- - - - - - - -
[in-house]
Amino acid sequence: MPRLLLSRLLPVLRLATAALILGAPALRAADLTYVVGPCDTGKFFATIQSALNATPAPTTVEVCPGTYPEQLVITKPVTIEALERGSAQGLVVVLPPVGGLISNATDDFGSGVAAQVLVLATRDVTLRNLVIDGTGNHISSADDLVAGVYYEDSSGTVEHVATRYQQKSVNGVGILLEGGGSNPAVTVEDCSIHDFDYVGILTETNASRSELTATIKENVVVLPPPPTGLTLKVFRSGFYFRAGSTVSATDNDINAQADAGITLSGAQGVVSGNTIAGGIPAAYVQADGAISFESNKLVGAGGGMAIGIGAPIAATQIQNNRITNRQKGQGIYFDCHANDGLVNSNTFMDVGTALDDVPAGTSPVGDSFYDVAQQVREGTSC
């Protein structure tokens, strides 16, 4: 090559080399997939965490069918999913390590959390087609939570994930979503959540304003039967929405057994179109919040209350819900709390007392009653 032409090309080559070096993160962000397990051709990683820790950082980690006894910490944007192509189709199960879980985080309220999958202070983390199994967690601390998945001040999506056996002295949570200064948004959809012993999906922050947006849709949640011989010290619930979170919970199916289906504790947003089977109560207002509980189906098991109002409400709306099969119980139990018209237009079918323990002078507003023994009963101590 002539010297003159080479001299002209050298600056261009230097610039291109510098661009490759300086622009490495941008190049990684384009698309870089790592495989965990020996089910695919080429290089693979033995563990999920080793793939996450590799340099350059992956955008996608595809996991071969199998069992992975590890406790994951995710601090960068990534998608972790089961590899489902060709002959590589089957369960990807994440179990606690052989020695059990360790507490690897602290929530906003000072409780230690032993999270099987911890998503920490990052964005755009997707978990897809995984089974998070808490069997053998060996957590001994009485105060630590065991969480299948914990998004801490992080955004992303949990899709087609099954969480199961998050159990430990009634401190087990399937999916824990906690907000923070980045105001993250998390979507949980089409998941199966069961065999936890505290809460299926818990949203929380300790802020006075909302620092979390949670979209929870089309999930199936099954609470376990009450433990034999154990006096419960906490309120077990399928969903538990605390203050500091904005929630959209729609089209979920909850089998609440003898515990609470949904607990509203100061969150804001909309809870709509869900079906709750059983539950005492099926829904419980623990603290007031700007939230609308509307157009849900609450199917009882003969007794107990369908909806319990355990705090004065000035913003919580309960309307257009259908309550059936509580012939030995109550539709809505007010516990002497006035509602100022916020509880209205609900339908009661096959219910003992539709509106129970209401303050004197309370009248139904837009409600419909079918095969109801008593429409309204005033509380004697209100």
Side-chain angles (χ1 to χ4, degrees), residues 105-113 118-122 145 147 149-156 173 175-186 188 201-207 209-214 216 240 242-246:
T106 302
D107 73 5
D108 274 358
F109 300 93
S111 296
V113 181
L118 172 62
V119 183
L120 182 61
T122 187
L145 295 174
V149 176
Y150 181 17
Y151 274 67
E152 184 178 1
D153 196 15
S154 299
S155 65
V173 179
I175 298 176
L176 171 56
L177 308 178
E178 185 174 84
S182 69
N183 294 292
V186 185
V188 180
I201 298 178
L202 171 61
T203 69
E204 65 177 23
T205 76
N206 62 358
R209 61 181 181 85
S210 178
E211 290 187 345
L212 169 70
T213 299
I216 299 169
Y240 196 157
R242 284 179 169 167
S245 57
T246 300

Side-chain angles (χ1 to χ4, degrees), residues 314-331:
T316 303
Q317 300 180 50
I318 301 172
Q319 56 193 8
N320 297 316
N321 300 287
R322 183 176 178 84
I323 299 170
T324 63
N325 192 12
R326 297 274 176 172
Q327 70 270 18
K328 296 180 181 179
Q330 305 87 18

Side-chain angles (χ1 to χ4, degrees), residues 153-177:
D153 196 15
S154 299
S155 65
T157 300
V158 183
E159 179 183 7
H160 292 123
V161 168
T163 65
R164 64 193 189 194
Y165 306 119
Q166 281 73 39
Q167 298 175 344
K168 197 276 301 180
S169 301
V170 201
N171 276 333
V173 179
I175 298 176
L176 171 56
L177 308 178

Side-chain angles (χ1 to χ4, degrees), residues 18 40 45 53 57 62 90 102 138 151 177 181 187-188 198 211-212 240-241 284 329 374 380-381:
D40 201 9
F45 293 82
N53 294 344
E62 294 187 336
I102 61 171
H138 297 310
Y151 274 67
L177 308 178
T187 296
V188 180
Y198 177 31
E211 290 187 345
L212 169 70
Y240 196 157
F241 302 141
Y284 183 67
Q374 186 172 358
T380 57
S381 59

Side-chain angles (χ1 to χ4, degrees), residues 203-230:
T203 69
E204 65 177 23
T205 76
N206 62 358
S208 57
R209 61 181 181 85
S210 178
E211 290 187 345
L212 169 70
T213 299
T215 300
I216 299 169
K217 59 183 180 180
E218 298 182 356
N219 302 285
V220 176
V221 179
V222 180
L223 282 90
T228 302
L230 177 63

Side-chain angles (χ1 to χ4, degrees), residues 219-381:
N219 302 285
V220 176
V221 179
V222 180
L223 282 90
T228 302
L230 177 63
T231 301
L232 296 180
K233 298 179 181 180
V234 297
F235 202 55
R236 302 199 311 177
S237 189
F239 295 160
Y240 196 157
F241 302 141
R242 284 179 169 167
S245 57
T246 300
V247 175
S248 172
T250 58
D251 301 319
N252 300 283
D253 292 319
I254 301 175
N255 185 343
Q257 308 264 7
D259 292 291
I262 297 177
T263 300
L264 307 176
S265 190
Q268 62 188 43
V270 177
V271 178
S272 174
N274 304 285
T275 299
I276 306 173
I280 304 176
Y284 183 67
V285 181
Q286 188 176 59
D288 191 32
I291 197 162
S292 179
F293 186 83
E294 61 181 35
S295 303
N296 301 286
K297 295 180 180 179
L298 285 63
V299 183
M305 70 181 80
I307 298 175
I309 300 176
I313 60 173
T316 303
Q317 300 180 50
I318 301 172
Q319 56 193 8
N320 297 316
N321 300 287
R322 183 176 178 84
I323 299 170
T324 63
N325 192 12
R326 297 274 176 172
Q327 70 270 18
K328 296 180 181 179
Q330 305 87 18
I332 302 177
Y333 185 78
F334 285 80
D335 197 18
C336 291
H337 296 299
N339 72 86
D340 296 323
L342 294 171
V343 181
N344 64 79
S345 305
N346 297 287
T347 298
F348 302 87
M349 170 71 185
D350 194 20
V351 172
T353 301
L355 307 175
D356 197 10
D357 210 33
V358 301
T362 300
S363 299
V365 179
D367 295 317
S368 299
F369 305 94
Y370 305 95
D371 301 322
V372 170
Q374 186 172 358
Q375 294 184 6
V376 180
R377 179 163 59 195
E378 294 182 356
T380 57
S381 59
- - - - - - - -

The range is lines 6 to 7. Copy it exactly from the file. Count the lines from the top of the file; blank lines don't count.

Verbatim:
D107 73 5
D108 274 358